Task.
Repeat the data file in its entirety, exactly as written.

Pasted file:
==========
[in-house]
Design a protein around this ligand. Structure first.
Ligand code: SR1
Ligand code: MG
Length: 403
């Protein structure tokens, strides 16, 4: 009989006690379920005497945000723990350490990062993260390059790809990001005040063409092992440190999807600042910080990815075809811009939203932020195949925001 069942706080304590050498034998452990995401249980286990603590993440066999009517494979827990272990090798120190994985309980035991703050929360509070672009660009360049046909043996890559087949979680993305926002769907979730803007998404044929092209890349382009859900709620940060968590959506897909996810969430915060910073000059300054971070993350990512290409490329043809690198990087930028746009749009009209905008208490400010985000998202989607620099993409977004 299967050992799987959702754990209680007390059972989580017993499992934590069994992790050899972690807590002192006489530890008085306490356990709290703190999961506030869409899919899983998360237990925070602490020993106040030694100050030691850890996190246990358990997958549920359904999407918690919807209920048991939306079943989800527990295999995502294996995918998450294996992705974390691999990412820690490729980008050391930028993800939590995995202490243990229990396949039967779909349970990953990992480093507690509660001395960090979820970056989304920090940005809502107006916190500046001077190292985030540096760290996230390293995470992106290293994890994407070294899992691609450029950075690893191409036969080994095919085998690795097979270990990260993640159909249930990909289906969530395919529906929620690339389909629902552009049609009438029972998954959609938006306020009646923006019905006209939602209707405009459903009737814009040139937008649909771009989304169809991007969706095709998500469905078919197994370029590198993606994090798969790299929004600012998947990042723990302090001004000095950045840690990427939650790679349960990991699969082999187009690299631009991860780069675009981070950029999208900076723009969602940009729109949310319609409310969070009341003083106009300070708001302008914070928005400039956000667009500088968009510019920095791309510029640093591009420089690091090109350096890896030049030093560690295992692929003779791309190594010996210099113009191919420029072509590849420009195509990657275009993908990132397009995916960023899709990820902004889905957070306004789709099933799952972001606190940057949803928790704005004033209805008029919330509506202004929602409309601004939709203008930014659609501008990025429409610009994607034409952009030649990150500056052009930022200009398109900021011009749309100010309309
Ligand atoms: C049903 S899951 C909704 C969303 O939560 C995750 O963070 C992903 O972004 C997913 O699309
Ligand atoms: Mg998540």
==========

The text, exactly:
[in-house]
Design a protein around this ligand. Structure first.
Ligand code: SR1
Ligand code: MG
Length: 403
């Protein structure tokens, strides 16, 4: 009989006690379920005497945000723990350490990062993260390059790809990001005040063409092992440190999807600042910080990815075809811009939203932020195949925001 069942706080304590050498034998452990995401249980286990603590993440066999009517494979827990272990090798120190994985309980035991703050929360509070672009660009360049046909043996890559087949979680993305926002769907979730803007998404044929092209890349382009859900709620940060968590959506897909996810969430915060910073000059300054971070993350990512290409490329043809690198990087930028746009749009009209905008208490400010985000998202989607620099993409977004 299967050992799987959702754990209680007390059972989580017993499992934590069994992790050899972690807590002192006489530890008085306490356990709290703190999961506030869409899919899983998360237990925070602490020993106040030694100050030691850890996190246990358990997958549920359904999407918690919807209920048991939306079943989800527990295999995502294996995918998450294996992705974390691999990412820690490729980008050391930028993800939590995995202490243990229990396949039967779909349970990953990992480093507690509660001395960090979820970056989304920090940005809502107006916190500046001077190292985030540096760290996230390293995470992106290293994890994407070294899992691609450029950075690893191409036969080994095919085998690795097979270990990260993640159909249930990909289906969530395919529906929620690339389909629902552009049609009438029972998954959609938006306020009646923006019905006209939602209707405009459903009737814009040139937008649909771009989304169809991007969706095709998500469905078919197994370029590198993606994090798969790299929004600012998947990042723990302090001004000095950045840690990427939650790679349960990991699969082999187009690299631009991860780069675009981070950029999208900076723009969602940009729109949310319609409310969070009341003083106009300070708001302008914070928005400039956000667009500088968009510019920095791309510029640093591009420089690091090109350096890896030049030093560690295992692929003779791309190594010996210099113009191919420029072509590849420009195509990657275009993908990132397009995916960023899709990820902004889905957070306004789709099933799952972001606190940057949803928790704005004033209805008029919330509506202004929602409309601004939709203008930014659609501008990025429409610009994607034409952009030649990150500056052009930022200009398109900021011009749309100010309309
Ligand atoms: C049903 S899951 C909704 C969303 O939560 C995750 O963070 C992903 O972004 C997913 O699309
Ligand atoms: Mg998540």